Luna Matto
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Luna Matto

Dallas, Texas, United States | INDIE

Dallas, Texas, United States | INDIE
Band Alternative Singer/Songwriter


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"Luna Matto – absolutely radical."

Luna Matto – absolutely radical. I will definitely be doing my homework on this Acoustic Experimental act. She sounded so at home with the Cannabinoids backing her though. -

""If she would just annunciate more and maybe add a little more smiling and hand gestures onstage, I'd give her 5 stars.""

4 stars - Luna's mother

"Luna Matto"

The beauty of music is that it doesn't have to be a thrashing dance fest to be disruptive. Luna Matto (of the Polyphonic Spree) has a gorgeous solo act. Luna's vocals sink deep into the mind like a smooth scotch while her instrumentation breaks the heart with distant piano and disquieting guitar. This show is not meant to make you comfortable, rather to wallow in the beauty of pain and uncertainty. - Sarah Crisman, Pegasus News

"Ten to watch in '10"

Luna Matto
Polyphonic Spree side projects are nothing new. St. Vincent, Andrew Tinker, the list could go on and on. So Luna Matto is just another name to add to the list, right? Wrong! From the first time I saw this band play live at Lakewood Bar and Grill, I knew instantly that this is a band that needed to be heard by the masses. Ms. Matto's voice is distinctive and quite lovely, and I have yet to hear a song by her that hasn't amazed me. Her style is in a definite Cat Power/Sia type of vein, and she's every bit as good as those artists, if not better. By this time next year, she should be selling out the Granada Theater and other venues of that size not only in Dallas but across this nation. I once said on the blog that if Luna Matto doesn't "explode" this year, that I "just might lose my faith in the Dallas music fan." I still stand behind that statement. There are few artists I'd go that far out on a limb with, and Luna Matto is one of them. - Ghost of Blind Lemon

"Luna Matto tastes like classic folk dipped in a trip-hop coating, rolled in a fine jazz standard"

OAK CLIFF — Typically after a couple months of harsh cold, most Texans get whiny. We prefer a few months of chilly temperature drops, but then we boo-hoo for sunshine and tank top weather. So when it warms up in the all-too-short lived springtime, restaurant and bar patios are open and bustling.

Photo by Alexandra Olivia

But then a problem arises: The moment summer becomes official and the mercury hits the glass at over 100 degrees for the eighth day in a row, Dallas and all its concreted glory becomes an unbearable frying pan, slowly burning its inhabitants crispy. Patios are still open, but instead of wistful breezes and smiling faces, there’s drenched clothing, intermittent grumbling, and sourpuss attitudes. (Or is it just me?)

Dallas band Luna Matto played in a little frying pan of their own yesterday afternoon at Jack’s Backyard, a benefit for a women's shelter that was attended by a crowd of mostly females sipping strawberry margaritas and ice cold beer. Having any outdoor show in this kind of torturous heat without any real effective cover would seem detrimental to all parties involved, but the seven-piece folk outfit didn’t seem phased and their listeners didn’t seem to mind … much.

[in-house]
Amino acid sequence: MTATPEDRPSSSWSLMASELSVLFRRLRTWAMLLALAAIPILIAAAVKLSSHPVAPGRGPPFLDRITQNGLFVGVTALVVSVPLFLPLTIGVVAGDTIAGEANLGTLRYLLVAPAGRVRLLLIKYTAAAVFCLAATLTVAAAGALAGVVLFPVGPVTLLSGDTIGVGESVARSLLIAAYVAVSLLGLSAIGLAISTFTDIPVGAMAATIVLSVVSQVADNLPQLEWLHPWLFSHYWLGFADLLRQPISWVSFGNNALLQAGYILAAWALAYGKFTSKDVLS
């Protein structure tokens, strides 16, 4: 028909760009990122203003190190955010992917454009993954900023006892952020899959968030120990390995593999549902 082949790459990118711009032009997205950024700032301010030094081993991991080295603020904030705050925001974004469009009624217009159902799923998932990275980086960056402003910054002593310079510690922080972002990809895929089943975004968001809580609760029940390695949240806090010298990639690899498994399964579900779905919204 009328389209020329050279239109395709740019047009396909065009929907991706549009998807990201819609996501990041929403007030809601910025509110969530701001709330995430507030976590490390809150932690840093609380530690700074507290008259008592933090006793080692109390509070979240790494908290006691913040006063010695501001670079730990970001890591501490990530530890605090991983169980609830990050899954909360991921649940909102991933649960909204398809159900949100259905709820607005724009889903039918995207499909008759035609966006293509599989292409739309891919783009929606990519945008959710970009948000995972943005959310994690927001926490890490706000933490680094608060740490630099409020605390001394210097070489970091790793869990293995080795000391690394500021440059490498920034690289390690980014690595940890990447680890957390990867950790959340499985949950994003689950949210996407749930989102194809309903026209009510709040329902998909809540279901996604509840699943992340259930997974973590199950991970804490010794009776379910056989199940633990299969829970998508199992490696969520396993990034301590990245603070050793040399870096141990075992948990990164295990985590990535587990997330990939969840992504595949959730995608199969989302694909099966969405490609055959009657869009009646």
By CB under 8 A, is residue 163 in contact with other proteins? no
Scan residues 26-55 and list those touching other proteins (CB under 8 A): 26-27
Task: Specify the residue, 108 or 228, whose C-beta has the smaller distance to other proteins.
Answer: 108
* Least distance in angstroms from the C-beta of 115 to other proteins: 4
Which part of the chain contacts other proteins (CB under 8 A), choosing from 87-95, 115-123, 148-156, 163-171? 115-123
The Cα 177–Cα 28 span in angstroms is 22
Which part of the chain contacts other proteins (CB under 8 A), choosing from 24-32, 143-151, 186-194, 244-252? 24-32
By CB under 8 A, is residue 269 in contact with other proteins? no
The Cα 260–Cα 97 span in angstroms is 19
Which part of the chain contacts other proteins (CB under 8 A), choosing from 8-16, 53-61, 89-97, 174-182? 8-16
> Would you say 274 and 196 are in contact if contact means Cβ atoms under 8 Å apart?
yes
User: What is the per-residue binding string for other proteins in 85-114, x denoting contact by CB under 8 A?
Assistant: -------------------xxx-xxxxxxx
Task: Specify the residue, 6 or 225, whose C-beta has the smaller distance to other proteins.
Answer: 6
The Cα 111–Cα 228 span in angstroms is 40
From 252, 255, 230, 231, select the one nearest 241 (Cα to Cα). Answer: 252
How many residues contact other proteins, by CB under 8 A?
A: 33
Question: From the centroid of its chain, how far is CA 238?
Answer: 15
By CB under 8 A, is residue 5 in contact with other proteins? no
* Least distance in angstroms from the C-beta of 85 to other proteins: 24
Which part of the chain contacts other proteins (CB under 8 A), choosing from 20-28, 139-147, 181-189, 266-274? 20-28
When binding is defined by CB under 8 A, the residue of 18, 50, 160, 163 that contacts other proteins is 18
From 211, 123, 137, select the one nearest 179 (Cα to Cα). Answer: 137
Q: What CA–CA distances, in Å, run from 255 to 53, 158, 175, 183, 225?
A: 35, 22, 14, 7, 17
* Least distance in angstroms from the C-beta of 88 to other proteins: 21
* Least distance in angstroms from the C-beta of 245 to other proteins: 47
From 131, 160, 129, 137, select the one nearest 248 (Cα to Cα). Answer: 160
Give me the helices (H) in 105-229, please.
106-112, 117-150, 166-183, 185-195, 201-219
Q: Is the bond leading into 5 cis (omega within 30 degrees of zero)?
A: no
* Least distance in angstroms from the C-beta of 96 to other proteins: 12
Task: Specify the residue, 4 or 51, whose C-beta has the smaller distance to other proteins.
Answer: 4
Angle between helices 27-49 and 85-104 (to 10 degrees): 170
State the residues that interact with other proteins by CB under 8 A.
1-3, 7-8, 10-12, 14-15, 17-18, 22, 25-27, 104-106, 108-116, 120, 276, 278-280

Dressed in an outfit made for sweating – black leggings and a black tee – the frontwoman and namesake of the band serenaded patrons in a sweet, pitch-perfect mid-soprano with a kind of Billy Holiday swagger. She led her band through a set of relaxing mid-tempo swing-a-longs, with backup vocalist Kristin Hardin tiptoeing sweetly on top notes of verse and chorus harmonies. Their sound primarily draws from all things right and good about folk and acoustic singer/songwriting, but accents it with standard jazz sensibilities.

Photo by Alexandra Olivia

Her songs boded well, especially for trumpet player Thaddeus James Ford, who gave the set a whimsical life of its own with subtle, effortless brass trimmings that were far more supplementary than overbearing.

Luna Matto is also reminiscent of Portishead and its acidic edge, probably because she sang into a MIDI mic for a few tunes that landed her square in Beth Gibbons doppelganger territory. It was an interesting addition to a set that teetered on being too gentle. At times, the intimate crowd sitting at wooden picnic tables were preoccupied with their own conversations, letting Luna’s soft touch fade into background music. Matto’s effects with a MIDI controller drew people’s attention back where it should have been.

Overall, the show probably would have been even more awesome had it been inside Jack’s ultra-trendy and more importantly ultra-air conditioned indoor bar. But despite the heat, Luna Matto tastes like classic folk dipped in a trip-hop coating, rolled in a fine jazz standard powder. The result is best served chilled, especially in this steamy Texas summer.

- Michelle Parsons, Pegasus News


2010 - Happy Isn't Real - released 19 May 2010



Luna Matto is a multi-instrumentalist and singer-songwriter from Dallas, TX. She began her music career as a member of The Polyphonic Spree.

Her debut album, Happy Isn't Real, was released in May of 2010. She is currently working on her 2nd album, as well as a collaborative project with The Cannabinoids.